“All this luminous colour… seems… that it enters the eye like a glass of wine running into your gullet and it makes you drunk straight away“. – Cezanne about Tangier
When I lived in Spain, we sometimes talked about nipping down to Malaga or Gibraltar and then heading out to Africa. A six hour ferry ride to Tangier makes it more than possible to travel with a backpack and to arrive on another continent by daylight. Having barely left Europe in my life, the excitement gained from even thinking about such adventure was palpable.
You mention Tangier to some and they might think of the danger; the scooters that can zip past the unsuspecting tourist and steal their unprotected possessions. And I’m not saying that such crime (and worse) doesn’t exist. But, I’m drawn to the city with its rich cultural history. This is the city in which William Burroughs wrote and imagined ‘The Naked Lunch’. Surely, the hippie influence from years gone by, the influence of the visits from Brian Jones and the other Rolling Stones, can’t have been completely stamped out with the recent regeneration of the beachfront and the creation of new, modern bars and clubs?
It’s not clear if Skymachine have ever been to Tangier either. The band from New Zealand are suitably influenced by its reputation though to release a single in honour of the place. For Skymachine, Tangier is simply representative of a feeling. “I have always loved the idea of just packing a suitcase and jumping on a plane with a one-way ticket.“, says Brydon, the head honcho from the outfit. “If you met someone you wanted to spend the rest of your life with, could you leave everything behind to be with them? Tangier is that feeling.”
Music-wise, this is a track that will make lovers of 80’s pop romanticism squeal with delight. It’s got the glamour, the shiny suits and the synth beats in abundance. There’s an overwhelming sense of longing within this pop nostalgia; radiating in romance, we’re all encouraged to experience our own Tangier moment as we throw caution to the wind and escape to a new continent.
That’s surely what we all need right now.
It’s always good to push yourself outside of your comfort zone and to embrace new things. As the years advance, it’s one way to stop yourself getting staid or stuck in your ways. There’s so much to discover in this wonderful world and precious little time to find out about it all. Why settle with what you know when around the corner there might be something that can give you even more joy and happiness – as long as you go into it with eyes wide open?
That is, of course, so true when listening to music. Our tastes are formed young and we keep returning to those tracks of our youth (and songs that sound like them) because of their familiarity. They offer us comfort and it’s easy to see why they might provide our go-to moments.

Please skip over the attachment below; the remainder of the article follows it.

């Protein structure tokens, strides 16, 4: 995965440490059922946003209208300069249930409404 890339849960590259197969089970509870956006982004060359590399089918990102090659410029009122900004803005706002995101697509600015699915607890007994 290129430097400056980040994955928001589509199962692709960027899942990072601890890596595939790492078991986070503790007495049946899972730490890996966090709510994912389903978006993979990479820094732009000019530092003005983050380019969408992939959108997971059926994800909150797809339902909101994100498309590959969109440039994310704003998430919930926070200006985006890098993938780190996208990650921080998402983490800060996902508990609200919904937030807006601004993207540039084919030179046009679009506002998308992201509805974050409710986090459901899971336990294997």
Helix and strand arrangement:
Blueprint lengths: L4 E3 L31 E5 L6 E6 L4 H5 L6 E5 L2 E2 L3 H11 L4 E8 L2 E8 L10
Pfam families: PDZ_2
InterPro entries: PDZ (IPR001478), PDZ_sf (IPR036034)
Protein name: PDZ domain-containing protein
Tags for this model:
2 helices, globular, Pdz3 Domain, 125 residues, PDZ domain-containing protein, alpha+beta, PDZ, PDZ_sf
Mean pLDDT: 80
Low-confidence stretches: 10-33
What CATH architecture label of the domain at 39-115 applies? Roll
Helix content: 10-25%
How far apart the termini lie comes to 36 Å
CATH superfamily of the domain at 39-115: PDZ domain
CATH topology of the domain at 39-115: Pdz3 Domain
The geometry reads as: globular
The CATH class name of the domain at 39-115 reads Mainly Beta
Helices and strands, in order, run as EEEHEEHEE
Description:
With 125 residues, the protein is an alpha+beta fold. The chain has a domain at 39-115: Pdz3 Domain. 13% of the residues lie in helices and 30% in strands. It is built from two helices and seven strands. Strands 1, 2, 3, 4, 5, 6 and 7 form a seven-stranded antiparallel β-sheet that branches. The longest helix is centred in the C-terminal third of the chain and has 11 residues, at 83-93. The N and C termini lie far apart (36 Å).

Sometimes, I like to shake up my listening. I’ll deliberately find tracks from genres that I know next to nothing about and dig into what I find. To a degree, this is how I stumbled upon ‘Batwanes Beek’ by Rime Salmi. I’m very glad I did. A cover of an ‘Arabic classic’ by Warda, Rime has turned the tune into her very own Afro-pop anthem.
In my ignorance, I know very little about ‘Arabic classics’ or Warda who first released this song. But the internet is such a rich encyclopaedia and Wikipedia such an extensive resource that things don’t stay mysteries for long.
Warda, the Algerian Rose, was born in Paris to a Lebanese mother and an Algerian father. Her father owned a nightclub and encouraged her to sing patriotic Algerian songs from a young age. A ten year break from singing (her first husband forbade her to) was broken in 1972 when she sang to commemorate Algeria’s independence. After divorcing her grumpy husband, she married again and her career blossomed. She cooked with wine and became something of a superstar commanding a state funeral when she passed away in 2012 aged 73. Warda sounds like she lived a full life of pushing out of her comfort zone.
Rime Salmi was born in Morocco but raised in Canada. For Rime, it’s clearly very important to both embrace the culture she comes from as well as the one she has grown up in. What we get in this version of ‘Batwanes Beek’ is a vibrant explosion of happy sound. It’s hard not to smile when listening to the spirited joy on offer here – and we all need to smile more now than ever.
And then there is the video that features Rime and three well-known dancers from Montreal’s LGBTQ scene proudly using the city as an urban catwalk. Rime sums it up better than I ever could when she says that “this video is a scream. This video is a statement. This video is a manifesto. Arab LGBTQ+ people exist, love and love one another… and it’s something to celebrate.”
Happy hump day – keep being curious.